|Wedgwood Institute - Queen Street (Burslem)||
|Queen Street is named after the pottery ware
Wedgwood made for Queen Charlotte in 1765.
More on Queen's Ware.
The Institute stands on the site of the Brick House pottery works which was rented by Josiah Wedgwood from 1762 to 1770 - this was the second of his potworks in Burslem (the first being the Ivy House works).
The foundation stone was laid by future Prime Minister - William Gladstone on 26 October 1863. The frontage of the Institute contains twelve huge terracotta tiles depicting the months of the year. Also displayed are the carvings of the people of the Potteries performing their different skills, together with a statue of Josiah Wedgwood.
The Institute was built with funds raised by public subscription to make arts, science and literature available to all, not just the rich who had previously had the only access. It was also designed to be the main centre for arts activity in the Six Towns of the Potteries.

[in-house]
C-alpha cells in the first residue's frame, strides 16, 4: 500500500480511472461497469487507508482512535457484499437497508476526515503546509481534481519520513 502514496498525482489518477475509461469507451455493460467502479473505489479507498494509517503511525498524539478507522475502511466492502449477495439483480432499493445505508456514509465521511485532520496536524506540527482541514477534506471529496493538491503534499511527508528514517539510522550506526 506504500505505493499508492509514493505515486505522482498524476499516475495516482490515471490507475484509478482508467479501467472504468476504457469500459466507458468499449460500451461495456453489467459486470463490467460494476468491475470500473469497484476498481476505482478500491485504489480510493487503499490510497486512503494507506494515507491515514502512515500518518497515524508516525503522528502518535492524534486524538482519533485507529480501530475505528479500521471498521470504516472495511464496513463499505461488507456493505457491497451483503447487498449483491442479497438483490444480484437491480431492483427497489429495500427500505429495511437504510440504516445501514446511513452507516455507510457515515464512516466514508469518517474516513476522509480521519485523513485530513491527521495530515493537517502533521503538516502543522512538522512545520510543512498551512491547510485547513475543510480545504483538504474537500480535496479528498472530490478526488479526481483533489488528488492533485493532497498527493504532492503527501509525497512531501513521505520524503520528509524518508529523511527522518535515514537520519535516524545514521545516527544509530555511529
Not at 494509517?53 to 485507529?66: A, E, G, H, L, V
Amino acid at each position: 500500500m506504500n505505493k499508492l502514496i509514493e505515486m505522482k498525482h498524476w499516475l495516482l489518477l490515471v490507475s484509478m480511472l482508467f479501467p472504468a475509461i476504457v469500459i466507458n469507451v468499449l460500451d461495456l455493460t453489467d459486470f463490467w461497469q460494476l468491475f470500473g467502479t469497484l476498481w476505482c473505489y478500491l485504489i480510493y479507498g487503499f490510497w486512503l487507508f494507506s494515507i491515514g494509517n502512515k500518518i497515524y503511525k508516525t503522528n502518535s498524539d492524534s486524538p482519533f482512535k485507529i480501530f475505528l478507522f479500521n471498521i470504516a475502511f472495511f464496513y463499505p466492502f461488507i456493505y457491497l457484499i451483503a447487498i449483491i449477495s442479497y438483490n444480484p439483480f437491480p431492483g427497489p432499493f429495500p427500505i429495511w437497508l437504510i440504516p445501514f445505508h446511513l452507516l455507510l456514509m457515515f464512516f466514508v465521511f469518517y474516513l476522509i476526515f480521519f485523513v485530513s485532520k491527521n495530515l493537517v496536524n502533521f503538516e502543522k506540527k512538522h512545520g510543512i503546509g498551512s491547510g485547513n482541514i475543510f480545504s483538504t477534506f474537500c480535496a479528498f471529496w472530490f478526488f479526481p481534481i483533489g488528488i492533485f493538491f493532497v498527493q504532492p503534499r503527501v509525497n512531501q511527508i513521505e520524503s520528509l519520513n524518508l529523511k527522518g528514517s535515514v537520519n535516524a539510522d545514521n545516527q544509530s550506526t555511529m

The Institute was highly successful and extended into two new wings before the demand for art education necessitated the building of a new purpose built School of Art on the opposite side of Queen Street.
During the late nineteenth century the Institute played its part in producing ceramic artist, William Moorcroft; author, Arnold Bennett; and pioneer of radio, Oliver Lodge. The Institute also features regularly in the works of Arnold Bennett.
The Institute continued as a successful seat of learning in its own right through most of the 20th Century before becoming an annex for Staffordshire University and most recently Stoke-on-Trent College. In 1993 the building was inspected in the light of new fire escape regulations and its use was consequently restricted to the ground floor. The College ceased using of the Institute later that year leaving only the Library in
Statue of Josiah Wedgwood over the entrance to the Wedgwood Institute.
The side of the Wedgwood Institute is in 'Clayhanger Street' (after Arnold Bennett's novel of the same name).
In Bennett's novels the small passageway was called 'Buggs Gutter.
On the 1898 map this passage is named 'Baker Street'
Wedgwood Institute featured in Arnold Bennett's novels as 'The School of Art'
Photos: Dec 1999
Burslem Photo Index | Burslem 1898 Map
1963 aerial photo of Burslem
[ Comments / Questions? email: Steven Birks ]